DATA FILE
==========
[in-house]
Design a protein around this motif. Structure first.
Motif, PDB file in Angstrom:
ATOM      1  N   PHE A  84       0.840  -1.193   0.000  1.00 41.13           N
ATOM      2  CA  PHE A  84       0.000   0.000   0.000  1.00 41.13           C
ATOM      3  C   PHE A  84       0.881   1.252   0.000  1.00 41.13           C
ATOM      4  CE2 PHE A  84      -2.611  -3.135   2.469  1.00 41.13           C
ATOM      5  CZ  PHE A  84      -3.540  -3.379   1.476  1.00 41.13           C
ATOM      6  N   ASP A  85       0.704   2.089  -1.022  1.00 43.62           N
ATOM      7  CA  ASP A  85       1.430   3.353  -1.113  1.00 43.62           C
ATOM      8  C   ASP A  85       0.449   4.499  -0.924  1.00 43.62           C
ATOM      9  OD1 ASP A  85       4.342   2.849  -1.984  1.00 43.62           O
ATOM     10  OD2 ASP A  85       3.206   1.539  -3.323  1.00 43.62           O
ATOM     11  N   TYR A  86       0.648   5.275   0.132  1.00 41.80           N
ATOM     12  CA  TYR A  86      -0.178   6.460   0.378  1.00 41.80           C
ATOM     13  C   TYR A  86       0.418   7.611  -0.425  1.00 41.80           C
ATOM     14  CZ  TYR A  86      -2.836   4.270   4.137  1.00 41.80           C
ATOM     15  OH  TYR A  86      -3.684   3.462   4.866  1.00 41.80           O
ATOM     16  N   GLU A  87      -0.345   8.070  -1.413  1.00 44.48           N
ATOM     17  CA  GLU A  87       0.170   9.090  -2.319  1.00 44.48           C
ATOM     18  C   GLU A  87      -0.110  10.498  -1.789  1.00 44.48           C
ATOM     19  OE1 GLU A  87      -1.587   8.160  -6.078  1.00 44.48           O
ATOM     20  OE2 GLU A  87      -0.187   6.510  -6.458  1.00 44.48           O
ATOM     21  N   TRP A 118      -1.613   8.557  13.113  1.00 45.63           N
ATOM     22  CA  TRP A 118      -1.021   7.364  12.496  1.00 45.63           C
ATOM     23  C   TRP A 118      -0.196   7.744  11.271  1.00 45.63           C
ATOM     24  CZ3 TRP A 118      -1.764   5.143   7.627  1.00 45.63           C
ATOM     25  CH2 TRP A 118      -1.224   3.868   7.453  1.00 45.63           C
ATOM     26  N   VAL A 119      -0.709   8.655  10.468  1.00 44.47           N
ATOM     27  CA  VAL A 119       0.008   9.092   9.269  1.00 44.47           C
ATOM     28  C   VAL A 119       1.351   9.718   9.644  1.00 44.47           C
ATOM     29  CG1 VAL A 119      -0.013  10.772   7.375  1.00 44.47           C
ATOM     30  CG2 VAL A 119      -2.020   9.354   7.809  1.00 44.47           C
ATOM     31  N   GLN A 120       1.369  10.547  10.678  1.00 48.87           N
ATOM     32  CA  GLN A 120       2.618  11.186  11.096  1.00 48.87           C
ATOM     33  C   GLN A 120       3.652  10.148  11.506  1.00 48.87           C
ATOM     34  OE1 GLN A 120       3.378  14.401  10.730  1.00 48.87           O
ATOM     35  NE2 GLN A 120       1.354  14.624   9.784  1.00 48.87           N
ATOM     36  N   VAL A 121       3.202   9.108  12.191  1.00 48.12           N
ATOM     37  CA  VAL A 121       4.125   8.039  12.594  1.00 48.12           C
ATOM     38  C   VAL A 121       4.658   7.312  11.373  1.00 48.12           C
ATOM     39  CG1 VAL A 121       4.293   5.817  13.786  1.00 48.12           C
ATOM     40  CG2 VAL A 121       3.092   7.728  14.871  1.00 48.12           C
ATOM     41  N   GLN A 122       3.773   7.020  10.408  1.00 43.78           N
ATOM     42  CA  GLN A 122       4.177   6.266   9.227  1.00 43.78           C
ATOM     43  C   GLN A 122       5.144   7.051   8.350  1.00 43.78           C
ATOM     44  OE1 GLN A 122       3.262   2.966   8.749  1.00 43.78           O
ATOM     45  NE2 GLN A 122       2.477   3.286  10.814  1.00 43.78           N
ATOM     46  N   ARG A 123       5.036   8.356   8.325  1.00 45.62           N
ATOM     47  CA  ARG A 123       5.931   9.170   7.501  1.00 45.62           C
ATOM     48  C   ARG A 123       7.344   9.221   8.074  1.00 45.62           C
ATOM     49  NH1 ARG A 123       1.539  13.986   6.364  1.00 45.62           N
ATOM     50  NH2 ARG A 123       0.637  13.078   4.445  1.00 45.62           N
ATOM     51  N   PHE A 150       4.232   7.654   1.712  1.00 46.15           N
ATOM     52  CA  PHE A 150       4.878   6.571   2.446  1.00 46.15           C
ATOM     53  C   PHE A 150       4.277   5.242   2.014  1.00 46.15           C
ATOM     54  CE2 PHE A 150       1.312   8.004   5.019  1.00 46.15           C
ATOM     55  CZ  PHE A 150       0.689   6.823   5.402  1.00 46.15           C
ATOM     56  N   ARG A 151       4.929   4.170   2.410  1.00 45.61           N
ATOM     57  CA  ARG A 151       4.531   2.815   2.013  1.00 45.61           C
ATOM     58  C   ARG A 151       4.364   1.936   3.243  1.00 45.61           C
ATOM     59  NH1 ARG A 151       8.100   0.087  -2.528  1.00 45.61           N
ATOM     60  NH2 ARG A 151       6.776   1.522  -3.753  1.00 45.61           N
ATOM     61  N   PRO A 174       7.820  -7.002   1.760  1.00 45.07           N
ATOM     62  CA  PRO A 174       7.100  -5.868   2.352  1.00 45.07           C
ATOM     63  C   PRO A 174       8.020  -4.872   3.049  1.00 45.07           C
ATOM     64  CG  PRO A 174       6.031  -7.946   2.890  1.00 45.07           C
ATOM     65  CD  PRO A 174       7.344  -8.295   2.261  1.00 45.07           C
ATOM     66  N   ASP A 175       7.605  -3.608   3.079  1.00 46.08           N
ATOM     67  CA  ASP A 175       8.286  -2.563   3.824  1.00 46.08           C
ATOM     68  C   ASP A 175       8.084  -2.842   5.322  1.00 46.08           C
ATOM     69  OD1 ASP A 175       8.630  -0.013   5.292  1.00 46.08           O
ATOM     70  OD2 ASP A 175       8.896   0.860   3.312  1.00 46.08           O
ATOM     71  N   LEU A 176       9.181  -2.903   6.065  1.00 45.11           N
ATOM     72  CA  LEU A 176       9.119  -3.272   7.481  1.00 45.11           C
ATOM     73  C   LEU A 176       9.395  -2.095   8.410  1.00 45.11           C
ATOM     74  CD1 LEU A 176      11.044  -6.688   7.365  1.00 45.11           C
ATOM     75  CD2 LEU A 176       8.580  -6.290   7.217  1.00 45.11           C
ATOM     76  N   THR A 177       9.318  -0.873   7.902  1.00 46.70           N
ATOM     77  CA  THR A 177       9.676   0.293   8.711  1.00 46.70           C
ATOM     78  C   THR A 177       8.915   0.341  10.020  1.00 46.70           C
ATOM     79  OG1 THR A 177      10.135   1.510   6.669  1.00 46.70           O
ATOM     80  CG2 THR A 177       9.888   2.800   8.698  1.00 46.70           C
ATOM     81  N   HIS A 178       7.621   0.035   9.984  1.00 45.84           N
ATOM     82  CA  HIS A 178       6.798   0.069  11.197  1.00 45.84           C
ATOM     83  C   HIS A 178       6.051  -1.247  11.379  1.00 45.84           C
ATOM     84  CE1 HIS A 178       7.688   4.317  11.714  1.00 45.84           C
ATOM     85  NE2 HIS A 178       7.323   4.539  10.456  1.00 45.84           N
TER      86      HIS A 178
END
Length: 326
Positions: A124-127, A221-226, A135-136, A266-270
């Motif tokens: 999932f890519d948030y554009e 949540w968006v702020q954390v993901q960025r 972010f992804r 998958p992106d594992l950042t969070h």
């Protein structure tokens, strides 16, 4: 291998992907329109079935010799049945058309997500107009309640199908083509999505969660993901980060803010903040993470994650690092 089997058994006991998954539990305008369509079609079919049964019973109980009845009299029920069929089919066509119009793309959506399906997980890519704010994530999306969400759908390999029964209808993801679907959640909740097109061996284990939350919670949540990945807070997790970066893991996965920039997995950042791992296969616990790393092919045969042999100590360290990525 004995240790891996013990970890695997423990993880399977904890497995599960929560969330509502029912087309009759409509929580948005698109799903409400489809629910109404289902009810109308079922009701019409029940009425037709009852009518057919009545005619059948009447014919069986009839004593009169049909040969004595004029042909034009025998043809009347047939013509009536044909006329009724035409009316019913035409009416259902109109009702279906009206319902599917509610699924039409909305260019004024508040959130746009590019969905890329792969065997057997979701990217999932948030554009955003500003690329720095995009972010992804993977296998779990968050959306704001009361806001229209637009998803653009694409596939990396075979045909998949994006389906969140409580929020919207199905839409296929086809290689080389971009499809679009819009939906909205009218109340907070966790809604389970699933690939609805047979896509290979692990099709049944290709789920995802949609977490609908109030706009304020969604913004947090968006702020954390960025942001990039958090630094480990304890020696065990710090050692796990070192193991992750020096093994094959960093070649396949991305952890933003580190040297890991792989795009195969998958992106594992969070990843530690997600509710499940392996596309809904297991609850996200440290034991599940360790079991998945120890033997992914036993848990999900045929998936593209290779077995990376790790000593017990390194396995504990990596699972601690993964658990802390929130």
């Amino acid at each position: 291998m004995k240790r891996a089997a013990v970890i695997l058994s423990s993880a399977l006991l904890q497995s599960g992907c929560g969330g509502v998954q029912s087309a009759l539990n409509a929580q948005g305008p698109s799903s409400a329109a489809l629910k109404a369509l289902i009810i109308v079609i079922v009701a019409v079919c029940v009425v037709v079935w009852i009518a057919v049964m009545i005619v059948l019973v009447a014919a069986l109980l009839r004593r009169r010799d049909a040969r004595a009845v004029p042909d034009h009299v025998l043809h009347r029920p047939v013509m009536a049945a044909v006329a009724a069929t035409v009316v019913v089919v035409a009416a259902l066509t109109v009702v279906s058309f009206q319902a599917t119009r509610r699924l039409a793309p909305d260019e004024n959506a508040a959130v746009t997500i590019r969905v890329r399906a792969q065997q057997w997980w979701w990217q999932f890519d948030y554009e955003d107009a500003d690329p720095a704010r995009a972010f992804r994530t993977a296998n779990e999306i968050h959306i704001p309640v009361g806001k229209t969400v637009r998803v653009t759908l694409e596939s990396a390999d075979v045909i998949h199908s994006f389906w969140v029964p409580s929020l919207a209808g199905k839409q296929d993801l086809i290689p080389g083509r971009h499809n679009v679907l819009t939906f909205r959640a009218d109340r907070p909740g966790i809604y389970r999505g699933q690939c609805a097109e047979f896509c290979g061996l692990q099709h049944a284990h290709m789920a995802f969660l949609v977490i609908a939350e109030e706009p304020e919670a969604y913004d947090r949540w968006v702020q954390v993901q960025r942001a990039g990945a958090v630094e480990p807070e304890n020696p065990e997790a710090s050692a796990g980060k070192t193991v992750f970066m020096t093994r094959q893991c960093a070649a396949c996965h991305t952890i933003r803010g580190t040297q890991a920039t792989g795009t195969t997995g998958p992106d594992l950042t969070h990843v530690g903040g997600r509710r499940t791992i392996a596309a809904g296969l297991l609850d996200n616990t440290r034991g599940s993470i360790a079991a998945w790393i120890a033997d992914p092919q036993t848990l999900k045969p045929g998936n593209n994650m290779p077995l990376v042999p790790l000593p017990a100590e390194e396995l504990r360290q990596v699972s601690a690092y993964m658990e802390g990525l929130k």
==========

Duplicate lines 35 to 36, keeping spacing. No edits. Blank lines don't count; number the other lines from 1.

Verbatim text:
ATOM     32  CA  GLN A 120       2.618  11.186  11.096  1.00 48.87           C
ATOM     33  C   GLN A 120       3.652  10.148  11.506  1.00 48.87           C